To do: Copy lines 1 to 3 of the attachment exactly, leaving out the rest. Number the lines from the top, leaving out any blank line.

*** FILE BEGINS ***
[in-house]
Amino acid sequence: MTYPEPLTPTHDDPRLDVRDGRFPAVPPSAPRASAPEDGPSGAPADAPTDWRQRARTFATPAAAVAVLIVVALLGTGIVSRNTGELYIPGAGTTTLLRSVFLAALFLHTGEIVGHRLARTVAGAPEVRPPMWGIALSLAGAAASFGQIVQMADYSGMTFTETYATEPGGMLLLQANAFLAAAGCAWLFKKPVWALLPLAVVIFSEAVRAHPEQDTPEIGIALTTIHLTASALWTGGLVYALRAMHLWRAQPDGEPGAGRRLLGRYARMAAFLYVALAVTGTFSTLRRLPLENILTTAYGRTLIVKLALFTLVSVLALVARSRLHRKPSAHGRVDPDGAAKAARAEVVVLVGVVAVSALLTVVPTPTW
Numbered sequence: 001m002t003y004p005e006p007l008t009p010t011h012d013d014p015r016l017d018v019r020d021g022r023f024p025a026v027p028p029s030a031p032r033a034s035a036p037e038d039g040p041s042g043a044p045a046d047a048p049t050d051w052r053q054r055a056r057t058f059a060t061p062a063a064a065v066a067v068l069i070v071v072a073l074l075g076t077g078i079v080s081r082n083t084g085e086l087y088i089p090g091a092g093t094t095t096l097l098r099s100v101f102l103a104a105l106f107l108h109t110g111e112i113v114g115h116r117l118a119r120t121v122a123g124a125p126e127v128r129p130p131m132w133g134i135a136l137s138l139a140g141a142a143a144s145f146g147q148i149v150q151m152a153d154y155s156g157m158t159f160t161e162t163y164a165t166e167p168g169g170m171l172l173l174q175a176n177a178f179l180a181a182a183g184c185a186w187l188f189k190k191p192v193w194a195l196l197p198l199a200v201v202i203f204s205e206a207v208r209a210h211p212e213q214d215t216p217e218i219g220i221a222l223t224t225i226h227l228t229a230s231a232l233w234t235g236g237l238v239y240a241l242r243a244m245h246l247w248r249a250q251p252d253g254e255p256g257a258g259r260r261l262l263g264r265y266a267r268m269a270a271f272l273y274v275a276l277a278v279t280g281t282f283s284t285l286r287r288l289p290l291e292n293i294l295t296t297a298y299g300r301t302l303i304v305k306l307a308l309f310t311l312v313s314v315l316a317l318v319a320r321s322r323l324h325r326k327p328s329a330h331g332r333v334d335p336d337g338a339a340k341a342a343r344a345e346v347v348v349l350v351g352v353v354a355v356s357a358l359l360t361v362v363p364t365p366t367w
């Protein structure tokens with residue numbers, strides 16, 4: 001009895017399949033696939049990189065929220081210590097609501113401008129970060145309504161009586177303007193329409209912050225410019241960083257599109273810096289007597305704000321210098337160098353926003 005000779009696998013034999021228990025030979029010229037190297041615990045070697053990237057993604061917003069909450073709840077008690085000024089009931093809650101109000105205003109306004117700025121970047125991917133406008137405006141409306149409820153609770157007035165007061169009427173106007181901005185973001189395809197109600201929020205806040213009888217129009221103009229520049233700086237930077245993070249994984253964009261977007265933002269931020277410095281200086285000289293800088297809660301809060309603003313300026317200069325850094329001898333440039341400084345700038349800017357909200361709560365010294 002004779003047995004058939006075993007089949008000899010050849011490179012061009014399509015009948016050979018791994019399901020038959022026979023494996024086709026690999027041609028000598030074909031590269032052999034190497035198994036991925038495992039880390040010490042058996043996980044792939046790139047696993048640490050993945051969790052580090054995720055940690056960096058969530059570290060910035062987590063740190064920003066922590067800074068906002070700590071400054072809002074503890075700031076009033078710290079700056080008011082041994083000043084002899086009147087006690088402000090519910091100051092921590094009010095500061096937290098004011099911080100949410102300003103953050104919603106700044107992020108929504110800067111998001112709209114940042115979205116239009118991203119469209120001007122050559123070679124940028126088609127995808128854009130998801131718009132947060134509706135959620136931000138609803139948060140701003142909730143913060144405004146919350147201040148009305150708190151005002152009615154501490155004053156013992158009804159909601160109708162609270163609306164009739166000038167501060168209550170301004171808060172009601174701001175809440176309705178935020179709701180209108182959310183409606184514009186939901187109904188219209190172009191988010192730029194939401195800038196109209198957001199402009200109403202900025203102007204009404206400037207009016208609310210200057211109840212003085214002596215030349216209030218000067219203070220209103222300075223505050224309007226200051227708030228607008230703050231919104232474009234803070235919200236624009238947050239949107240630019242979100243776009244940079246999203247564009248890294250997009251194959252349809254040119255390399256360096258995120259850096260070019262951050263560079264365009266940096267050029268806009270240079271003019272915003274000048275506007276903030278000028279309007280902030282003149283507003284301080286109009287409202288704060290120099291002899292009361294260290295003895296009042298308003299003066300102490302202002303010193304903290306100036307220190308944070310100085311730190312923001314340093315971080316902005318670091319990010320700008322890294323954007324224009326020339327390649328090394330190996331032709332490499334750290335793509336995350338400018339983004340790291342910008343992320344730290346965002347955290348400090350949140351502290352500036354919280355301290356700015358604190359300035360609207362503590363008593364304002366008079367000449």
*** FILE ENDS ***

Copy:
[in-house]
Amino acid sequence: MTYPEPLTPTHDDPRLDVRDGRFPAVPPSAPRASAPEDGPSGAPADAPTDWRQRARTFATPAAAVAVLIVVALLGTGIVSRNTGELYIPGAGTTTLLRSVFLAALFLHTGEIVGHRLARTVAGAPEVRPPMWGIALSLAGAAASFGQIVQMADYSGMTFTETYATEPGGMLLLQANAFLAAAGCAWLFKKPVWALLPLAVVIFSEAVRAHPEQDTPEIGIALTTIHLTASALWTGGLVYALRAMHLWRAQPDGEPGAGRRLLGRYARMAAFLYVALAVTGTFSTLRRLPLENILTTAYGRTLIVKLALFTLVSVLALVARSRLHRKPSAHGRVDPDGAAKAARAEVVVLVGVVAVSALLTVVPTPTW
Numbered sequence: 001m002t003y004p005e006p007l008t009p010t011h012d013d014p015r016l017d018v019r020d021g022r023f024p025a026v027p028p029s030a031p032r033a034s035a036p037e038d039g040p041s042g043a044p045a046d047a048p049t050d051w052r053q054r055a056r057t058f059a060t061p062a063a064a065v066a067v068l069i070v071v072a073l074l075g076t077g078i079v080s081r082n083t084g085e086l087y088i089p090g091a092g093t094t095t096l097l098r099s100v101f102l103a104a105l106f107l108h109t110g111e112i113v114g115h116r117l118a119r120t121v122a123g124a125p126e127v128r129p130p131m132w133g134i135a136l137s138l139a140g141a142a143a144s145f146g147q148i149v150q151m152a153d154y155s156g157m158t159f160t161e162t163y164a165t166e167p168g169g170m171l172l173l174q175a176n177a178f179l180a181a182a183g184c185a186w187l188f189k190k191p192v193w194a195l196l197p198l199a200v201v202i203f204s205e206a207v208r209a210h211p212e213q214d215t216p217e218i219g220i221a222l223t224t225i226h227l228t229a230s231a232l233w234t235g236g237l238v239y240a241l242r243a244m245h246l247w248r249a250q251p252d253g254e255p256g257a258g259r260r261l262l263g264r265y266a267r268m269a270a271f272l273y274v275a276l277a278v279t280g281t282f283s284t285l286r287r288l289p290l291e292n293i294l295t296t297a298y299g300r301t302l303i304v305k306l307a308l309f310t311l312v313s314v315l316a317l318v319a320r321s322r323l324h325r326k327p328s329a330h331g332r333v334d335p336d337g338a339a340k341a342a343r344a345e346v347v348v349l350v351g352v353v354a355v356s357a358l359l360t361v362v363p364t365p366t367w